relaxing the embouchure?

Discussion in 'Trumpet Discussion' started by kctrumpeteer, Jul 15, 2011.

  1. kctrumpeteer

    kctrumpeteer Piano User

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    I have seen some other recent posts on the embouchure and more in regards to the debate of if it is a regular muscle and how it should be worked... This is a different question hence the new thread...

    That is how do others go about 'relaxing' the embouchure while playing? I haven't had this problem until recently I have a couple of pieces that have been more taxing on my playing and as I try to play faster and higher notes my embouchure gets tighter and tighter. Of course another trumpet guy says hey you need to do more compression work with the diaphram / breathing where the embouchure stays relaxed and I'm using my stomach muscles to push the air through, but that advise doesn't always work... unless of course I am trying to over do it, but I have played for longer periods of time without issues, unless the harder technical stuff was just stressing me out and making me tighten up.

    Wondering if others have experienced this? Or what you have done to help alleviate this issue. Someone started to mention the mouthpiece I was using, but hey that is a whole different conversation/thread...
     
  2. kctrumpeteer

    kctrumpeteer Piano User

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    oh and the reason the 'advice' doesn't always work on relaxing the embouchure (From a jazz player that I am taking lessons with) is that I can tell my body or attempt to make my body do certain things, but doesn't mean that my body will always listen to me. :-P I have started to think about it more now and maybe over time I will get better at keeping the embouchure relaxed, but between a normal practice and then working on a couple of solos its wiping out my embouchure.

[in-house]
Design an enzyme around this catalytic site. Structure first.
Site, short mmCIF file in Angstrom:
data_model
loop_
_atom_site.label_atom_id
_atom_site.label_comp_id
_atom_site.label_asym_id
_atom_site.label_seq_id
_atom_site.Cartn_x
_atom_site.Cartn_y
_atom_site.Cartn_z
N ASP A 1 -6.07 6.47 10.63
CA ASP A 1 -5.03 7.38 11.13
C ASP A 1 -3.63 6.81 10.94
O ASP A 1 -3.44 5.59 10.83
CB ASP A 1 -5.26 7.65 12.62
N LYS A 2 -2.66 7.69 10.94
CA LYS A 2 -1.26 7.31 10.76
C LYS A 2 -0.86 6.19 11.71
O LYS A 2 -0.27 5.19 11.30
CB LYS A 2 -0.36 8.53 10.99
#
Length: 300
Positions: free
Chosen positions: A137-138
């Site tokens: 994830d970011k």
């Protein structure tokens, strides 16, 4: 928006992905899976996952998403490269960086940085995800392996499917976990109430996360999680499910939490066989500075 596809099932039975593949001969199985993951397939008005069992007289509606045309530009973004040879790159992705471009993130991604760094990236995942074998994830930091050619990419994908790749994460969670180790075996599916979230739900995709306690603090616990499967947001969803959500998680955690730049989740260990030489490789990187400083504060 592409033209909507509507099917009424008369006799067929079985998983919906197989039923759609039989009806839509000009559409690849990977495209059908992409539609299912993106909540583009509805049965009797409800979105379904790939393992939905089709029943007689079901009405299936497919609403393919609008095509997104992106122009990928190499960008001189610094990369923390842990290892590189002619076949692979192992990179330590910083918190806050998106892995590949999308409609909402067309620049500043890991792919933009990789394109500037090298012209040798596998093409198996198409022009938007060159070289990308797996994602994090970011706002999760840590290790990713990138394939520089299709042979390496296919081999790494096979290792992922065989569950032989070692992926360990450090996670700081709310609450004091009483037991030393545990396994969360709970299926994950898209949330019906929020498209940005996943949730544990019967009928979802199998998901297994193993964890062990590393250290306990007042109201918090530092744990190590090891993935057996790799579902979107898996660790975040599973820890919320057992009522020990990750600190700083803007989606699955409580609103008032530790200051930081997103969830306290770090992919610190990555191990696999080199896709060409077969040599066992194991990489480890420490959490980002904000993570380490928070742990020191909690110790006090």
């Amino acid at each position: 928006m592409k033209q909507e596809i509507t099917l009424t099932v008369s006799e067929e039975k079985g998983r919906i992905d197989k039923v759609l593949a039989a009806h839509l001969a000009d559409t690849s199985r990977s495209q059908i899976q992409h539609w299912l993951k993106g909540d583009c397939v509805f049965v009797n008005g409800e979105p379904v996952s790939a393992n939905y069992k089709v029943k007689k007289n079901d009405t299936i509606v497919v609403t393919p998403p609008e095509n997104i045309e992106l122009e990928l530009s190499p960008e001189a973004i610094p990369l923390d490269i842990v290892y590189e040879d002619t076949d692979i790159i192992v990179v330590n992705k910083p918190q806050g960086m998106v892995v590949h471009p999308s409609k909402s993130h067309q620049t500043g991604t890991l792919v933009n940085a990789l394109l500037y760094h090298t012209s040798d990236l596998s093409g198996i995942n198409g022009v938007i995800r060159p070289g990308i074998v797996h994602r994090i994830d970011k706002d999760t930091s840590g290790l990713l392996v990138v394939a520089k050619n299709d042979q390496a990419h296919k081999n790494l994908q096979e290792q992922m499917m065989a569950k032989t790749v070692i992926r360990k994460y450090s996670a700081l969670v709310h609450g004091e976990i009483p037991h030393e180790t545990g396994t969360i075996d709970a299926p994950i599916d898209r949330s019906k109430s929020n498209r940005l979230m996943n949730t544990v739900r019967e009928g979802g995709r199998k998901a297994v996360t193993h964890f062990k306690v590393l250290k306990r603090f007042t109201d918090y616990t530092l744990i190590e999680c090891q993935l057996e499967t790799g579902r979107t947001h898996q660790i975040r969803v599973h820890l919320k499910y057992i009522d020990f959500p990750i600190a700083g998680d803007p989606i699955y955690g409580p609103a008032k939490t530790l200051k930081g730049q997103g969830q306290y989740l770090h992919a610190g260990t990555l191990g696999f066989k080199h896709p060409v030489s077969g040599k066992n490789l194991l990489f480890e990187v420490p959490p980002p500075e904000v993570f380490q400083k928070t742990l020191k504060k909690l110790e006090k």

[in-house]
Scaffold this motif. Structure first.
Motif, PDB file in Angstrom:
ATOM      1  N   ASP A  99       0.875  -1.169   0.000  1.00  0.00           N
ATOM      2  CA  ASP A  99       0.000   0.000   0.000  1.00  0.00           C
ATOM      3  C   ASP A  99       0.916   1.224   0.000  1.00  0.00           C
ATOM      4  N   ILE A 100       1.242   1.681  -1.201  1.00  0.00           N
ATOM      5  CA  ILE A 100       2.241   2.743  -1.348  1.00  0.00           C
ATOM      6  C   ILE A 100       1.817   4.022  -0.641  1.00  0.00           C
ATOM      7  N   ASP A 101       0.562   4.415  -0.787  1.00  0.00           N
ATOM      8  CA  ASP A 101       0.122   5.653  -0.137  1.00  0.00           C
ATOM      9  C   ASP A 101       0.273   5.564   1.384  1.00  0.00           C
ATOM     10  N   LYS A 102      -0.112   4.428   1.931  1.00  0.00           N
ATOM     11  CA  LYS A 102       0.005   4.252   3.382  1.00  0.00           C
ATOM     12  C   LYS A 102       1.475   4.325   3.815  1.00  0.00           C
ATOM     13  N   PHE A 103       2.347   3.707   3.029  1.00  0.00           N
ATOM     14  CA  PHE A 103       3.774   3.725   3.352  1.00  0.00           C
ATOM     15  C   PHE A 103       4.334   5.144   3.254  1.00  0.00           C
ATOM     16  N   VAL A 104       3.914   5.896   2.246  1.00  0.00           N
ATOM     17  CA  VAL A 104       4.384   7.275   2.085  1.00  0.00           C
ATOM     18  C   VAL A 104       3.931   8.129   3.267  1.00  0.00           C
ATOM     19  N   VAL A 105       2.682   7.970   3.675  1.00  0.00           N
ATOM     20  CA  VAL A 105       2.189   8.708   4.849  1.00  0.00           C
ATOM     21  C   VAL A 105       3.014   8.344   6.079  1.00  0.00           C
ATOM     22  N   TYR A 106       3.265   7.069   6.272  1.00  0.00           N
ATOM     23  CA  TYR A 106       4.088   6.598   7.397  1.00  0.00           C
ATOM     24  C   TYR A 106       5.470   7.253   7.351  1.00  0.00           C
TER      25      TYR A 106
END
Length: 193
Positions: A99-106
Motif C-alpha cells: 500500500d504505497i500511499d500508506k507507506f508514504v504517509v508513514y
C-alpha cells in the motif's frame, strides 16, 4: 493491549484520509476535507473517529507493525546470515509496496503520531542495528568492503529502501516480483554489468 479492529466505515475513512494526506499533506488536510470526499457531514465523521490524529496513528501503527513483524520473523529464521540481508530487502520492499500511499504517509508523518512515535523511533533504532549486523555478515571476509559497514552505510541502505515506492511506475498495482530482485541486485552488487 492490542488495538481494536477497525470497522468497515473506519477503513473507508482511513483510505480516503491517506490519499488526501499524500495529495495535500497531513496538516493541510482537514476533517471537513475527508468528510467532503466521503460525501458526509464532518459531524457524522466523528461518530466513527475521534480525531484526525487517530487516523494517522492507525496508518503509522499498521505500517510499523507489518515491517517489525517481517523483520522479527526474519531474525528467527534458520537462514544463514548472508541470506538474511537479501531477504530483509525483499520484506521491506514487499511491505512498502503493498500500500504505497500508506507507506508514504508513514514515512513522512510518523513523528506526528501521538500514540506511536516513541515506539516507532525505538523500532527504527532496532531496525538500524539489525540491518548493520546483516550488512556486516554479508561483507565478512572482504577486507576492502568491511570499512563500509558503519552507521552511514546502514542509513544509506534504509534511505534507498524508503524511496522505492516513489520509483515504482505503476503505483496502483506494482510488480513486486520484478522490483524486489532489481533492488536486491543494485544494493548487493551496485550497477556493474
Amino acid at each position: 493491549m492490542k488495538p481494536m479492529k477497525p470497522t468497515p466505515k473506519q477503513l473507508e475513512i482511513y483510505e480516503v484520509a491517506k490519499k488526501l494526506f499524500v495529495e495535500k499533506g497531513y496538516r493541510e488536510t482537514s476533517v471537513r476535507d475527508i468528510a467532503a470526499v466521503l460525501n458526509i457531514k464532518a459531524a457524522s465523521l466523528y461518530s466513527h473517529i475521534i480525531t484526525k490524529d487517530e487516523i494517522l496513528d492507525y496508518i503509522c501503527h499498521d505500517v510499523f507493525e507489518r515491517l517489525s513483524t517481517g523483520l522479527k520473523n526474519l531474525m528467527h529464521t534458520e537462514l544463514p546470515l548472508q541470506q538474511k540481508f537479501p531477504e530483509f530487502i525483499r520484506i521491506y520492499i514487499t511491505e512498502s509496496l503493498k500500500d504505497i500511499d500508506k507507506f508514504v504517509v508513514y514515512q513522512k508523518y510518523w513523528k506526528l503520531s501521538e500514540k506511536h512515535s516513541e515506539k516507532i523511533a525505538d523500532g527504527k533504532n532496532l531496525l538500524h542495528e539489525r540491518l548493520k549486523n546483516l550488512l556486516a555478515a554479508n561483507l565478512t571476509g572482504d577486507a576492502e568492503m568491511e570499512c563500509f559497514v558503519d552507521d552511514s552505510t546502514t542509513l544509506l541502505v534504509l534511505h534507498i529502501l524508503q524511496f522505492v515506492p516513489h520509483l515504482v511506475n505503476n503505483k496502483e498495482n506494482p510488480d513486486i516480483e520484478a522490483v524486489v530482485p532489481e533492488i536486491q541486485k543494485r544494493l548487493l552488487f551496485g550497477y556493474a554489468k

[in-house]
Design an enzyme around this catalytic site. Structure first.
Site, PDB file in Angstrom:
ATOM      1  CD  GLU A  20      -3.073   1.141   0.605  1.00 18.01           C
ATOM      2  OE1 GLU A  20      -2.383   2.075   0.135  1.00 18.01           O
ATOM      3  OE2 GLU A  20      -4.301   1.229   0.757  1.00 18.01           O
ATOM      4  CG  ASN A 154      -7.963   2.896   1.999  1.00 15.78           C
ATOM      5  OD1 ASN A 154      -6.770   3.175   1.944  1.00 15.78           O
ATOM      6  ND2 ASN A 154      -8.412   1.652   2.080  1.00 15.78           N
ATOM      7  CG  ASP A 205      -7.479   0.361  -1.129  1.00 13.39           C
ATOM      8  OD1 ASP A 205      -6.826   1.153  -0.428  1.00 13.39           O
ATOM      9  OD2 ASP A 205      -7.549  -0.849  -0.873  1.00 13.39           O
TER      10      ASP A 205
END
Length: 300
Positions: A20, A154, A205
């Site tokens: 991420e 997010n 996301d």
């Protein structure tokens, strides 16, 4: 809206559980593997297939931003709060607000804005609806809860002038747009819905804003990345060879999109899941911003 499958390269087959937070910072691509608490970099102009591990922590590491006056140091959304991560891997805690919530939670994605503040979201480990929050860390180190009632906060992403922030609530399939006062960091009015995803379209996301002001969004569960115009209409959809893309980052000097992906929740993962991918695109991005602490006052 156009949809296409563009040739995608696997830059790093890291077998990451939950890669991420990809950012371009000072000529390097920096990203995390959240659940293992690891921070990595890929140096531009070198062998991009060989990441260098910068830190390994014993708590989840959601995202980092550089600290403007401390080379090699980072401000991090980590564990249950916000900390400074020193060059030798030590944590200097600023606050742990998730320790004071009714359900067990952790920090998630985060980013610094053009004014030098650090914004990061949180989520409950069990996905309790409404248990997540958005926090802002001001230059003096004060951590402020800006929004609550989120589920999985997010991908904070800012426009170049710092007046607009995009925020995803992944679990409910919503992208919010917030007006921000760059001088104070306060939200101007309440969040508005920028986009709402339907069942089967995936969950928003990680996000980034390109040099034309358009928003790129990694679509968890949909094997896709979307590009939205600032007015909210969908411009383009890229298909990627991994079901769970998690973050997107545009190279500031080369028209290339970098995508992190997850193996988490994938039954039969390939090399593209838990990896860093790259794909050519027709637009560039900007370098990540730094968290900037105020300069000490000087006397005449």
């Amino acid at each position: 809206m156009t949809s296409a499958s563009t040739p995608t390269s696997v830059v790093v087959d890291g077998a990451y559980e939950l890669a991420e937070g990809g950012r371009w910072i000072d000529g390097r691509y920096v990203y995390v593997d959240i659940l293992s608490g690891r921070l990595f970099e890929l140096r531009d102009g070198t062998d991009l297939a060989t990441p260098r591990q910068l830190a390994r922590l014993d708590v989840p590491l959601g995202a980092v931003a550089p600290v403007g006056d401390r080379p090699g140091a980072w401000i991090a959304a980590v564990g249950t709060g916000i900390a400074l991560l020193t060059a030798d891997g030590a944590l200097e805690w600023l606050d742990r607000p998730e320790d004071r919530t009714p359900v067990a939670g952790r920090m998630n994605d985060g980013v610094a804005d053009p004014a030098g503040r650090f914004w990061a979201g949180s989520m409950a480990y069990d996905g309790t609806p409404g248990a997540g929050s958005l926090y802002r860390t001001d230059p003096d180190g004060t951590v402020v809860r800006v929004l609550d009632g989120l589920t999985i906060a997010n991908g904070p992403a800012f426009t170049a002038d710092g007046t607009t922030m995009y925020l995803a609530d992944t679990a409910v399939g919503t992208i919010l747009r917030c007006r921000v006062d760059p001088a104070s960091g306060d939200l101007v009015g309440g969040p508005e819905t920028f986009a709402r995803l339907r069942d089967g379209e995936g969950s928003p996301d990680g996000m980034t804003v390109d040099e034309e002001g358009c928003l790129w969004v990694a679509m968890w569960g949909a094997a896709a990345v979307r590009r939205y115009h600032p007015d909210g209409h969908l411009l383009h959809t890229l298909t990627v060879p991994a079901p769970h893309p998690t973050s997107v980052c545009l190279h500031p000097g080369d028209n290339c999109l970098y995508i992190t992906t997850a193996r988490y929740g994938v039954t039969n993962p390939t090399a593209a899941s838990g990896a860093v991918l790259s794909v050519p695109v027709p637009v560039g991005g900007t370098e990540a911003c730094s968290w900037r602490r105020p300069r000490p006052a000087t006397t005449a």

3. JakeD

    JakeD New Friend

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    I would say to just keep playing harder, more technically challenging music and play it a lot. Over time, you should build up endurance. From what I have been taught, you have 2 levels of trumpet abilities, there are the things that are "easy" for you and things that are more difficult. As you practice, the things that were once challenging become a normal part of your playing. Always play as relaxed as possible and be patient.
     
  4. kingtrumpet

    kingtrumpet Utimate User

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    this vid should take you to a link from a guy who has some really good "teaching youtube stuff" on the net.

    I think there is a lot going on -- but building the embouchure in the upper register is keeping the middle relaxed and focused aperture so the lips can vibrate. YET keeping the face muscles solid --- it takes time, you got to rest a day or two in between the workouts so your muscles rest and recooperate also.

    ‪Trumpet High Notes By Former Maynard Ferguson Player‬‏ - YouTube